Review by Conor Heaven

28 Dec 2016, 5:00

Understanding Leadership: Challenges and reflections

John West-Burnham and Libby Nicholas are what I would describe as big players in the Education scene with a career spanning age groups, leadership positions and big roles in the Academy scene.

This ensures that whether you particularly take a side in the Academies debate, you’re interested in this book.When I first flicked open to the chapter on Leadership as a moral activity, it was clear that big ideas are tackled using greatly appraised research. This is not just a(nother) book on leadership, it’s one that stands out from the others in style and substance. Indeed, part of their opening gambit is to make no apology for ‘confrontational language and questioning.’

When I was first sent this book, it dawned on me that it wasn’t one I had seen being bandied around on Twitter. To be fair, Twitter has brought my attention to some wonderful leadership books recently, including Mary Myatt’s ‘High Challenge, Low Threat.’ Mary cleverly intertwines excellent, moral purpose-guiding leadership advice with her clear, presentational voice coming through. Perhaps a better choice if you want a book with substance but flows easier.

This book contains countless snippets and ideas that would have helped guide my understanding of the what, how and why of leadership

That’s not to say that this book is poorly written. The book’s structure is chosen to force you to reflect on personal challenges and offers examples and research to guide your thoughts. Each chapter starts with questions allowing the reader to dip in and out of useful sections. In fact, the whole book works like this. Evidence, research, anecdotes and experiences are used to flesh out deep and meaningful questions to allow the reader to gain a greater understanding of each area. Best of all, reflective questions are put in to allow the reader, or leader if you will, to consider their own skills and abilities.

An area I particularly wanted to read up on was on leading change. I consider myself to have my moral compass firmly rooted in the right place, and my job is to be life-changing. The best leaders I have ever met have been relentless on this quest – overcoming seemingly impossible barriers to ensure more for the pupils in their schools. When beginning to teach Maths through the new curriculum, there was at first a dip for many reasons. I assumed at the time it was down to my leadership. This chapter excellently discusses the barriers to change and almost certainly could have allowed me to feel less pressure and create a clearer path for moving forward. Change and leadership is hard – but a clear message in this book – it’s worth doing and it’s worth doing well.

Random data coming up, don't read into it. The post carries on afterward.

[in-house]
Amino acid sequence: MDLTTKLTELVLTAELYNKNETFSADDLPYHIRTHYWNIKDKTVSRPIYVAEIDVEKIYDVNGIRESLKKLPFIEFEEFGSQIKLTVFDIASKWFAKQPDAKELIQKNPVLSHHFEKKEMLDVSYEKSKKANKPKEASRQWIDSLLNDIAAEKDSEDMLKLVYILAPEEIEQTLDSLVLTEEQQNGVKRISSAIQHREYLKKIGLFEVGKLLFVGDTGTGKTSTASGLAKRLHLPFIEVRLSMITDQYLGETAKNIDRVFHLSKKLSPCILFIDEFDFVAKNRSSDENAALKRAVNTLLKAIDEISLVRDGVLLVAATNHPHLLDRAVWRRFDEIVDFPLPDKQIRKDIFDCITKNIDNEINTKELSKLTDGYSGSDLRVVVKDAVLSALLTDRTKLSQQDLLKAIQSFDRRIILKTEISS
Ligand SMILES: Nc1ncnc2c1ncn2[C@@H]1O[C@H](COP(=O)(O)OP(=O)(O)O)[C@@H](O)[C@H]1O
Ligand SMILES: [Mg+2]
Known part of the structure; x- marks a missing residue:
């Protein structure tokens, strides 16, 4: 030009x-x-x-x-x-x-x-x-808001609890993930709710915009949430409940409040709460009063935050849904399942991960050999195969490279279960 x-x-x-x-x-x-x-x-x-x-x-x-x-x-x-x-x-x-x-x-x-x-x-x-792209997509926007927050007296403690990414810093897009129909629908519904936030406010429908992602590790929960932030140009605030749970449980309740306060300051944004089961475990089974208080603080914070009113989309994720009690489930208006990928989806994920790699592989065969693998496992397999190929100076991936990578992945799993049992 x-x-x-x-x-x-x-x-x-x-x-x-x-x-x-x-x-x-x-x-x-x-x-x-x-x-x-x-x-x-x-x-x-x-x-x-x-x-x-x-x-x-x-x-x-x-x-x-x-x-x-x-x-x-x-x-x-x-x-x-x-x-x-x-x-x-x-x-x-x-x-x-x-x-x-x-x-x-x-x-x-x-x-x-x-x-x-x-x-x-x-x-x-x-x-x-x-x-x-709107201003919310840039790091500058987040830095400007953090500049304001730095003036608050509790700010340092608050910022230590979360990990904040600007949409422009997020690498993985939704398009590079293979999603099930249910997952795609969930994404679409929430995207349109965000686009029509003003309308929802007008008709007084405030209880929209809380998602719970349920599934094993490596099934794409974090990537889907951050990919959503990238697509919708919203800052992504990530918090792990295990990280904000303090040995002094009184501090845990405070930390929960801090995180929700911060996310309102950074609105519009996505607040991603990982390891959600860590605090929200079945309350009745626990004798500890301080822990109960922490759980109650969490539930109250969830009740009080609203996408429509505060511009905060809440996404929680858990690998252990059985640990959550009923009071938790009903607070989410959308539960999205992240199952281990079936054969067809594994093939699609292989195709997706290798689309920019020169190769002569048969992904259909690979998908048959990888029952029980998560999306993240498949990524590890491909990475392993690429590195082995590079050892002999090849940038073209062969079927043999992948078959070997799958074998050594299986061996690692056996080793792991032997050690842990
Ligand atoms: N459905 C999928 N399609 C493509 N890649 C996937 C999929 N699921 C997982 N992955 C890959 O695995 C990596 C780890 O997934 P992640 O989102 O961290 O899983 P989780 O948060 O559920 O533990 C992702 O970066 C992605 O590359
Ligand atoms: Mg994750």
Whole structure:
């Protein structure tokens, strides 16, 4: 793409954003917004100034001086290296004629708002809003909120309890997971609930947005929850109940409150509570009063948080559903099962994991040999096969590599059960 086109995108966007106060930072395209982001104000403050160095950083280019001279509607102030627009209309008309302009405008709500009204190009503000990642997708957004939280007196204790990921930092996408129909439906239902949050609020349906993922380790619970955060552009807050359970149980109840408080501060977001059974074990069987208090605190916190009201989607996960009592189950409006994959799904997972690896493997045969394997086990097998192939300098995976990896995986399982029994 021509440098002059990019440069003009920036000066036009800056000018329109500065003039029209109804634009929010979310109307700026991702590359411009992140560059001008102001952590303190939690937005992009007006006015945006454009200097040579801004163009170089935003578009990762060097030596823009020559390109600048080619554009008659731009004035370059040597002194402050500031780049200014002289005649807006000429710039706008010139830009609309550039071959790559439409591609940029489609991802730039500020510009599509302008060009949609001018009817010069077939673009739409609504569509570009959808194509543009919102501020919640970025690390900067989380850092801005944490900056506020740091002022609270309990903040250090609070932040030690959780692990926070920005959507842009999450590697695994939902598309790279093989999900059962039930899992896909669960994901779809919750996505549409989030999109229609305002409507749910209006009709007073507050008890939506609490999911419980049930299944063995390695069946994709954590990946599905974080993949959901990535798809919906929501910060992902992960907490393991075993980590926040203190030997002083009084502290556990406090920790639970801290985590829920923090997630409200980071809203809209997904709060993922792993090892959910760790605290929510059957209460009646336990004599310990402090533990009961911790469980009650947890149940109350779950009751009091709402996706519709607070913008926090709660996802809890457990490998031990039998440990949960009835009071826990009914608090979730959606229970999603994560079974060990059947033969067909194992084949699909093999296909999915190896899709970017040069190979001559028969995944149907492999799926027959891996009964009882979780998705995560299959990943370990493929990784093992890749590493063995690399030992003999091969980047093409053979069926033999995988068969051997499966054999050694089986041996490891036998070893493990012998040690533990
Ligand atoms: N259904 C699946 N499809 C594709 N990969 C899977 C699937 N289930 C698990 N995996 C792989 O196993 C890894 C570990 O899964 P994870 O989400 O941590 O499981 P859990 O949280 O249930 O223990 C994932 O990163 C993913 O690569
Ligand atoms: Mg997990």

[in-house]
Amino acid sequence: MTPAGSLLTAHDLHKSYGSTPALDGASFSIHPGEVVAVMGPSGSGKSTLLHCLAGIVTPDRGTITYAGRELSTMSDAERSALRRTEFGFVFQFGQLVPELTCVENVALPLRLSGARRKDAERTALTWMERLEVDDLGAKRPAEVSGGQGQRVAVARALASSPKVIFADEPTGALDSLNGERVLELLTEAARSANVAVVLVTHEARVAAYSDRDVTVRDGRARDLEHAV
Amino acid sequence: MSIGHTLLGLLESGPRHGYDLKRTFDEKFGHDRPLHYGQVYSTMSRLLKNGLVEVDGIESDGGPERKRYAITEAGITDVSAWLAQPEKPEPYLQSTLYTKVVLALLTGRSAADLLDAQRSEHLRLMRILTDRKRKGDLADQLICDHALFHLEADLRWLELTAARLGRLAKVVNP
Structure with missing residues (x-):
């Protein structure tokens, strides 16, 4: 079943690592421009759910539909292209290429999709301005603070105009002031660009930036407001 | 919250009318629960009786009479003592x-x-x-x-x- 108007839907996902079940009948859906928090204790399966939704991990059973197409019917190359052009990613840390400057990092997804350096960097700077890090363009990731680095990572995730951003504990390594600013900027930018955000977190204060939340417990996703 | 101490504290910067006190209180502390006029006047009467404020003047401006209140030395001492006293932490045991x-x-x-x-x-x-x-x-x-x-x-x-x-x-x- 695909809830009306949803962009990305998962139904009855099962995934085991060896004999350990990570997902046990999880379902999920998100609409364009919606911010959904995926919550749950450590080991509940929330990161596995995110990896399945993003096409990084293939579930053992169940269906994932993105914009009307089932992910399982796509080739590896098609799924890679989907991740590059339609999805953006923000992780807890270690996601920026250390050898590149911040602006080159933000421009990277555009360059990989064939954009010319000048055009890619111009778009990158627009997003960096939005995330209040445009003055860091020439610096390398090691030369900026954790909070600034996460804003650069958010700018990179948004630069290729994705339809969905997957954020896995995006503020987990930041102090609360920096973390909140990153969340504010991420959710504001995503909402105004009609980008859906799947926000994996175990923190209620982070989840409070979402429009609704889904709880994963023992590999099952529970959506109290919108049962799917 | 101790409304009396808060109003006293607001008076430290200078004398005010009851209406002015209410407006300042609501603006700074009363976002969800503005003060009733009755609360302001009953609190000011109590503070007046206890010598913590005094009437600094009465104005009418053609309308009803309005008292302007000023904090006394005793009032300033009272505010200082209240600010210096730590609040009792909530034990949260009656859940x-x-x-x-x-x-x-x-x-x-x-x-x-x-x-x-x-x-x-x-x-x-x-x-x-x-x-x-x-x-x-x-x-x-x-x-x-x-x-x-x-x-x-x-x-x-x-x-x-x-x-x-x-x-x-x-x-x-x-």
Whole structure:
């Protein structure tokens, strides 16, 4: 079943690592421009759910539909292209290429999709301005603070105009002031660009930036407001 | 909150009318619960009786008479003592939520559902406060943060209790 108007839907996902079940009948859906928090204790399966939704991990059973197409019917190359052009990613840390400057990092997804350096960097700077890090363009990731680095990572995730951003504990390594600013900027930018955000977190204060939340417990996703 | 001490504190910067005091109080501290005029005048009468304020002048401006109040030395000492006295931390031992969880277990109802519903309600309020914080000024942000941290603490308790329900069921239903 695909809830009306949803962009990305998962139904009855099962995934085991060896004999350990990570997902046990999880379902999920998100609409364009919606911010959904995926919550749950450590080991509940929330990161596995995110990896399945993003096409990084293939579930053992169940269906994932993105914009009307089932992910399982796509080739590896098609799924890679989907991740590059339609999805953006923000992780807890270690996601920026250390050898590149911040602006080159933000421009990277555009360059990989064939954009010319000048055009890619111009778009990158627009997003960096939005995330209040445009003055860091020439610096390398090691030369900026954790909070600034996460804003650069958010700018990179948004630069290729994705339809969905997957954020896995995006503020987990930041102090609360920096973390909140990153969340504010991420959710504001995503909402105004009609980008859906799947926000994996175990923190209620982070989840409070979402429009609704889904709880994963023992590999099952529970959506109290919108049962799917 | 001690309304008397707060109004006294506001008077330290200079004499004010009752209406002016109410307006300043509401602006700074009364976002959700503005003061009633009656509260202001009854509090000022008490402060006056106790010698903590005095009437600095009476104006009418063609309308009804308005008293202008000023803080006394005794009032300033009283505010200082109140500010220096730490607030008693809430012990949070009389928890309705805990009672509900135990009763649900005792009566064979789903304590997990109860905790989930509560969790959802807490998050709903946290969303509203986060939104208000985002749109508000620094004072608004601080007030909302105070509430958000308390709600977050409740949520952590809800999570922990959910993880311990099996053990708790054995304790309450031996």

If you are brand new to leadership or taking up a new role, refreshing yourself with this book would be nothing short of essential

I actually quite like exploring new books and finding a gem. While this wasn’t the diamond in the rough I might have hoped, this could be perhaps due to the stage of my career. I am, I believe, a competent Middle Leader. Early in my career I scoured internet blogs, books and Twitter looking for answers to my immature, misguided questions.

This book contains countless snippets and ideas that would have helped guide my understanding of the what, how and why of leadership. If I had owned this book to dip in and out of, those questions about my own ability and whether I was doing the right thing, wouldn’t have been able to keep me up at night. I can picture my newly promoted self now, sitting up at 2am with head torch*, relaxing as I found answers to questions or just alleviating my self-doubt. *Head torch not included with book.

I would suggest that if you are brand new to leadership or taking up a new role, refreshing yourself with this book would be nothing short of essential. Those concerned with regular reflection on the finer details, it is easy to dip in and out of chapters.

If you know an experienced leader who isn’t putting learning as the core purpose of leadership or who views leadership as a bulldozing tool as opposed to building capacity, then allow me to suggest this book as an excellent belated Christmas or birthday gift.

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